Lettuce Pray

(For those who are curious about the emgiggenation arts, click any image.)

At this writing we are two days away from celebrating what may be America’s last birthday and that’s the reason for this patriotic cartoon. It might not seem patriotic at first, but consider this:

Scientific consensuses are rare but recent polls have shown that the overwhelming majority of science professionals agree that large-scale head transplant programs are America’s best hope of ever returning to something remotely resembling sanity. Accordingly, for the sake of our democracy,  I support experimental efforts like the one above. The sooner we perfect these procedures, the sooner we’ll get out of this nightmare.
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Coincidental Comedy

(For an embiggenation experience, click any object without corners in any image.)

Bizarro is brought to you today by Tray of Voyeurs.

We had a busy week at Rancho Bizarro. As I mentioned in last week’s post, we adopted a Mexican street dog as a companion to our dog, Jemima, whom we brought down here to Mexico from what used to be the United States. The new dog is four months old and is recovering from a broken leg which she sustained from an unsuccessful encounter with an automobile while she was still on the streets. Today’s cartoon is about a dog in a cone collar because of an injury to its rear hip area, which is exactly where our dog’s stitches are (from the surgery that inserted a metal pin) and what’s notable about that is that I wrote and drew this cartoon four weeks ago, before I knew of our new dog’s existence. Spooky? Only if you’re prone to reading coincidences as messages from another dimension. Still, it’s kind of funny.
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Mouth Using

(If you wish to embiggenate any of these cartoons, close your eyes, click your heels three times and click them.)

Bizarro is brought to you today by Anger Management.

As regular readers know, I enjoy doing fake magazine covers from time to time. It’s a fun way to use wordplay in a slightly more sophisticated way than just illustrating a pun. The basic idea for this one came from a reader who goes by the suspicious name of Kevin Bartlett. (It’s the perfect name for someone trying to “hide in plain sight,” wouldn’t you agree? I’m guessing he’s at least got credit problems if he isn’t actually in a witness protection program.) Anyway, “Kevin” envisioned a guy holding a magazine called “Parts of Speech” and saying he only reads it for the articles.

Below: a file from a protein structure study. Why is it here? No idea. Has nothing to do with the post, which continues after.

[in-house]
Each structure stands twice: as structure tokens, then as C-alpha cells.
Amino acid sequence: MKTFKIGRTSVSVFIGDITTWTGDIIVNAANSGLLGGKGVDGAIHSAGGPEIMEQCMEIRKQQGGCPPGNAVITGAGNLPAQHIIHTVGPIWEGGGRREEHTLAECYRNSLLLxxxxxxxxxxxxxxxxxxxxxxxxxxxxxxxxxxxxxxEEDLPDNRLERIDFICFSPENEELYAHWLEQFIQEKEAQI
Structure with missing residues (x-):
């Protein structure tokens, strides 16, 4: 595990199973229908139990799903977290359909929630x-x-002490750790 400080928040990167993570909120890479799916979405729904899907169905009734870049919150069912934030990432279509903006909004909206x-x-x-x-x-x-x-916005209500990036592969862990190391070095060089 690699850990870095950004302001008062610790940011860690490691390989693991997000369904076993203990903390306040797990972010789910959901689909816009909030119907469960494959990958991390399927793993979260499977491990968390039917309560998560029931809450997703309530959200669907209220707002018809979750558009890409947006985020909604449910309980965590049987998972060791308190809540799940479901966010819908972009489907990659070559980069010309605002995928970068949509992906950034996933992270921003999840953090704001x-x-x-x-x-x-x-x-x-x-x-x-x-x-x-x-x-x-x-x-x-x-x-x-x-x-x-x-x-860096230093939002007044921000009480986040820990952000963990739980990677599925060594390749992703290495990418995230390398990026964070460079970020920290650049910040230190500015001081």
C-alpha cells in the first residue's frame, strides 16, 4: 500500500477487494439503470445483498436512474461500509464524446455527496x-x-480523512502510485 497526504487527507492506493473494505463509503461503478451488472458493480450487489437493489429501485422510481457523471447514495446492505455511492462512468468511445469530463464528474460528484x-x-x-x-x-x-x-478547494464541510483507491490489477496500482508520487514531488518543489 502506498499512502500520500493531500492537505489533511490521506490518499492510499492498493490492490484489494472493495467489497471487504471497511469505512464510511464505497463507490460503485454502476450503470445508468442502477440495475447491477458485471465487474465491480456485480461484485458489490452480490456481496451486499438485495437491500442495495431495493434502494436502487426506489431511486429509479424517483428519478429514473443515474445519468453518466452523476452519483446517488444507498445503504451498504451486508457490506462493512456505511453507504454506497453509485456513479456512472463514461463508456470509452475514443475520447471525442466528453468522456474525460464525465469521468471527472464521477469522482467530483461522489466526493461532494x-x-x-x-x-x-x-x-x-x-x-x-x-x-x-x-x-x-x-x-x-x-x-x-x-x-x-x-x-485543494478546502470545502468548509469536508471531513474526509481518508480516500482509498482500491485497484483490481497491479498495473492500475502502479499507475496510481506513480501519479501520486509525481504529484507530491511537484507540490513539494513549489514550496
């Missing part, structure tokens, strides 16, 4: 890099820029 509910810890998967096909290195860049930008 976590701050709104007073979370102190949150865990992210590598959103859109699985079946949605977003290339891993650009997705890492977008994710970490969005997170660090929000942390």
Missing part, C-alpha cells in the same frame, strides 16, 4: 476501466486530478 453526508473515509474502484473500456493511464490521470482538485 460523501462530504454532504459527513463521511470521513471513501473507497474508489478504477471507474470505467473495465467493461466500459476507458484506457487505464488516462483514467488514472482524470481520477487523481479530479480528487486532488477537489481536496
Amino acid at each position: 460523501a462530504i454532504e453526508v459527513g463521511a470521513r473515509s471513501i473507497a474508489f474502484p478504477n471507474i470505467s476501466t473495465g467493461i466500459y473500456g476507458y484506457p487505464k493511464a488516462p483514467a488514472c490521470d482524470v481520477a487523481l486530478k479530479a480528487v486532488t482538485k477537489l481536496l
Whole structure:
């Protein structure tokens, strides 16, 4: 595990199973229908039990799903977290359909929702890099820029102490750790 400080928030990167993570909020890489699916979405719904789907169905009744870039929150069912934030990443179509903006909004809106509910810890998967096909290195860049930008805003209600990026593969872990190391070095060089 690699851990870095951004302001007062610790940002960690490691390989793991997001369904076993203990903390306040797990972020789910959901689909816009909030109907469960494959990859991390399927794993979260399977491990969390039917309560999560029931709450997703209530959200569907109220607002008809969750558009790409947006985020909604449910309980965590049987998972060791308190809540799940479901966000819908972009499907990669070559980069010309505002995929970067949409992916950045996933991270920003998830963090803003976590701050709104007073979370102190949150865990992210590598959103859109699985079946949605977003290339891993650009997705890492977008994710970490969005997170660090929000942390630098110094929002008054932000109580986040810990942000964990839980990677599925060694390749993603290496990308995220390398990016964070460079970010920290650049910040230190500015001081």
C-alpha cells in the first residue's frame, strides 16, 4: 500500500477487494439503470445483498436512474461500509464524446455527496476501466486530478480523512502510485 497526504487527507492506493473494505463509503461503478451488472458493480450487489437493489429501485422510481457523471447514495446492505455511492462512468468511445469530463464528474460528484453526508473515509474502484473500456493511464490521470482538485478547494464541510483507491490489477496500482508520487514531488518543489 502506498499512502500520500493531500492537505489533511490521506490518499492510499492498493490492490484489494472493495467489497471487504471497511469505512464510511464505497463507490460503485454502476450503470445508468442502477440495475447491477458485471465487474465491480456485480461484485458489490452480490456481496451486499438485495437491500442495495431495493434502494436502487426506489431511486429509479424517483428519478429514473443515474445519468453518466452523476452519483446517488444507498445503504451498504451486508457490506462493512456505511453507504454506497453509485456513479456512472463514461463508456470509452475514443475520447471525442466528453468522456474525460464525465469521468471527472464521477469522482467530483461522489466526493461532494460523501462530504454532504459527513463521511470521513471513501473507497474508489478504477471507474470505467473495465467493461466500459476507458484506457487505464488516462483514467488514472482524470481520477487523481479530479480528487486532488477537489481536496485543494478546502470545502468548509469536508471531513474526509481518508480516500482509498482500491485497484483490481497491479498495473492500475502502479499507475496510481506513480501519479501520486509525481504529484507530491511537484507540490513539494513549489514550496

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Descent of Man

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(Any cartoon may be embiggenated by clicking any shadow in that image.)

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Bizarro is brought to you today by Patterns.

Wow, what a week, Jazz Pickles. First, let’s discuss today’s Sunday cartoon, shown above. As a residence of the Los Angeles area for the past five years, traffic is always on my mind. This is a place with too many cars, which is why my beloved Olive Oyl (O2) and I ride motorcycles whenever we can. California is the only state where it is legal to ride between lanes and in LA traffic, it is often the only way to get home from the grocery store before tomorrow.
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Gum Delay

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(Click any rectangular object in any cartoon to embiggenate it.)

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Bizarro is brought to you today by The Strange Girl Next Door.

Today’s big Sunday cartoon is about the mixed bag of convenience we get from technology. Historically speaking, each generation witnesses more change than the ones before it. A couple of thousand years ago, a person was lucky to come across a single new invention in their entire lifetime. Five hundred years ago, you might see two or three in a lifetime. A hundred years ago, during the Industrial Revolution, things really heated up and people’s heads were spinning with new inventions coming at them at the alarming speed of one every five years or so. Today, in the time it has taken me to type this paragraph, there have been as many new inventions as there are letters typed. How do I know this? Because of a little invention called lying with authority. I made all these figures up, but I’m guessing they’re more-or-less historically true up to that last one about each letter of this paragraph.